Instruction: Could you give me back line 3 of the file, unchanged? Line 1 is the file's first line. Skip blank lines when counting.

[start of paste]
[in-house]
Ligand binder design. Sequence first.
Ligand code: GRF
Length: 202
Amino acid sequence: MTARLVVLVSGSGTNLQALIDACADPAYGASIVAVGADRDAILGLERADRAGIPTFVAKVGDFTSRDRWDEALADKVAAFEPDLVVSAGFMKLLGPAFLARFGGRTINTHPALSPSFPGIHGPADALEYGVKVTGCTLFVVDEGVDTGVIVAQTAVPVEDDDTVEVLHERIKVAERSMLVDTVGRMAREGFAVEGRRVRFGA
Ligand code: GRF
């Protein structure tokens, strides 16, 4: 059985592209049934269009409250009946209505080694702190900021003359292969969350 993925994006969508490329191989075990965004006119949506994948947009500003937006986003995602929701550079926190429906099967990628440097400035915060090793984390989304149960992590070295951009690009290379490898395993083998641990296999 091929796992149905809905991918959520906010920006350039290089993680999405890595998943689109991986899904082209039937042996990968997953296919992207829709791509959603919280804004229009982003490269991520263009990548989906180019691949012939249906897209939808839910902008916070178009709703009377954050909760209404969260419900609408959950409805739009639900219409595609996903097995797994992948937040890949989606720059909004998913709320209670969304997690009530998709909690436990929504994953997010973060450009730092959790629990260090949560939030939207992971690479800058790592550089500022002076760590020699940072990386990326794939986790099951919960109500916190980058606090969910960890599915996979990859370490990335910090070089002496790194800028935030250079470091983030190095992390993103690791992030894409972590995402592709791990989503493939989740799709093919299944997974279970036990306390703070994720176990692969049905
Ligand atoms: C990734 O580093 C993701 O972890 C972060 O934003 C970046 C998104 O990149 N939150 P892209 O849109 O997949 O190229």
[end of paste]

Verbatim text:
Ligand code: GRF